How to Design Emails to Reach the Inbox

When you send out an email blast you hope and pray that it reaches your intended recipients. You cross your fingers that it doesn’t get tripped up in spam filters or sent to junk, and let out an emphatic sigh of relief when you know your email made it through the gauntlet. Email deliverability and trust is important to your reputation as an email sender, but what are some best practices to maximize the probability that it reaches the intended inbox and differentiates you from a dreaded spammer?

Take a look are some helpful hints to ensure that your emails are making it into the inbox where they belong, and being accepted as a trusted email by the recipient. And if you want more tips, be sure to download our complete Email Review–Design and Creative Checklist for even more best practices.

Message and Creative

For email marketing deliverability and success, the message and creative composition is a key component to overall campaign performance. Here are some helpful tips you should keep in mind when crafting your message and creating your email:

  • Offer and content match subject line
  • Offer explains What’s In It For Me (WIIFM)
  • Headlines are calls-to-action
  • Content blocks are easily scannable
  • Bullet points are present
  • Images support copy
  • All images are clickable
  • Alt text is on all images
  • Text based calls-to-action
  • Sense of urgency

Preview Pane Elements

When evaluating email marketing deliverability, you need to determine how your readers will view your email. Many readers will glance at the email in the preview pane  before they decide whether they are actually going to open it or not. Pay attention to ensuring the following elements are present in order to get your best messaging across in the preview:

  • Preview pane looks good when the images are turned off and turned on
  • The key 2-3 inches of screen includes compelling text
  • Viewable online link is present
  • Viewable mobile link is present
  • Logo and images have alt text
  • Clear call-to-action above the fold

Email Trust

In order for your emails to be read and opened, you have to build trust. There is so much spam out there infiltrating email in boxes, that you need to pay extra attention to various elements in order to enhance and build trust with your email receivers. Here are some essential features you want to include:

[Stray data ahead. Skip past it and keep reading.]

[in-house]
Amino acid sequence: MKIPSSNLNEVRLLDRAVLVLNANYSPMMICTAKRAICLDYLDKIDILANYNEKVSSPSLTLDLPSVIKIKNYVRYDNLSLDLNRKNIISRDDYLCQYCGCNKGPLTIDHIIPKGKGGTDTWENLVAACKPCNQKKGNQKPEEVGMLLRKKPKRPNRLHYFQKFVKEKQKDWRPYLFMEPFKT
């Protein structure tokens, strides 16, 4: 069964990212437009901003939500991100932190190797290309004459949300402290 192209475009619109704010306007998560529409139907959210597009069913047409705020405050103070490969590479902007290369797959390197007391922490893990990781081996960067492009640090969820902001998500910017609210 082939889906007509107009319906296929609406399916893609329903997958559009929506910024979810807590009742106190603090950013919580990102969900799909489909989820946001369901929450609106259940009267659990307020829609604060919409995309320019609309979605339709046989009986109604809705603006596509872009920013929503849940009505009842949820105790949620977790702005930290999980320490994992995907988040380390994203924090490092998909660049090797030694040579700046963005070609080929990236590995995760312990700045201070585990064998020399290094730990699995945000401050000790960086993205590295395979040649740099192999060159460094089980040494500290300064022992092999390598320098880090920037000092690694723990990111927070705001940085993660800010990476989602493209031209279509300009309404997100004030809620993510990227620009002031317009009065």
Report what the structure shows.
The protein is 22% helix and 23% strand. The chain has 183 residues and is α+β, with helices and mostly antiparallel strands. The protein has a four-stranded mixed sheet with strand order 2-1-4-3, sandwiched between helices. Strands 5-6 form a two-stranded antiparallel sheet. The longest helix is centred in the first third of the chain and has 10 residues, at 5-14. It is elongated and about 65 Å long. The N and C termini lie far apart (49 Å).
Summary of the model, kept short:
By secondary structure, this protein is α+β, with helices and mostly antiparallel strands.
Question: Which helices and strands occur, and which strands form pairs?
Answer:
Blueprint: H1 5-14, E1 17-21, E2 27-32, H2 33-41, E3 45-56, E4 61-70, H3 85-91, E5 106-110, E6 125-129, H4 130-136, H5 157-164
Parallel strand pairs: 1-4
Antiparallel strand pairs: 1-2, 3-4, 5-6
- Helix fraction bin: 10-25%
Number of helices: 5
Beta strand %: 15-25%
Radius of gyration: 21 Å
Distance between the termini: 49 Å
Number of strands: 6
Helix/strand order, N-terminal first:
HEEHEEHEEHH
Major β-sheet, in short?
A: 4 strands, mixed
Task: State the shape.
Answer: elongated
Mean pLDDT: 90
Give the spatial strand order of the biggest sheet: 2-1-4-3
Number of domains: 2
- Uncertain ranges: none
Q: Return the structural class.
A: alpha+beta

• Unsubscribe language
  • Company name
  • Company address and phone
  • Company URL
  • Privacy policy URL
  • Copyrights/trademarks
  • Change email preference language
  • Language that indicates “you have received this email because, this email was sent to, add to address book” etc

Common Spam Signatures to Avoid

You don’t want the end up caught in spam. There are numerous ways you can prevent content based spam filtering, so make sure that you avoid the following traps when creating your email.

  • Font size should be between 8-14pts
  • Repetitive use of keywords
  • Flash or rich media
  • Misspelled words
  • Invisible fonts (white on white)
  • Full capitalization of words
  • Light grey and red fonts
  • Missing  <title> tags
  • Phishing URL
  • Java script
  • Attachments
  • Forms
  • Embedded images

Email deliverability and spam laws keep getting more complicated each year, so it is important to know what they are for your industry and region. Remember, that your reputation as an email sender depends on implementing some best practices. For the complete checklist, download our Email Review–Design and Creative Checklist.

Related Resources

  • Sunday

    This is a very helpful article and should be a must read for email marketers. The comment below was shared in Kingged.com – the IM social site where this post was “kingged”:

    You cannot really blame targets who don’t get to open “well crafted” or “well intentioned” email, spammers are all over the place! However, if a marketer should take time and apply the required best practices, then the deliverability chance of the email into the inbox will increase!

    Dayna Rothman’s best practices should be adopted. However, the key is to build trust first and create a message that is easily accessible and not crafted to presell the reader. Invariably, emails that get delivered into inbox faster are those providing valuable contents.
    Sunday – Kingged.com contributor
    http://www.kingged.com/how-to-design-emails-to-reach-the-inbox/

  • http://twitter.com/MJRydsFast MJ

    I have an idea…

Dayna Rothman is the Sr. Content Marketing Manager at Marketo. She runs the Marketo content initiatives and is the managing editor of the Marketo blog. Dayna has extensive experience in content marketing, social media, marketing automation, and inbound marketing. She has an MBA from Golden Gate University and lives in Oakland, CA.

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How to Design Emails to Reach the Inbox

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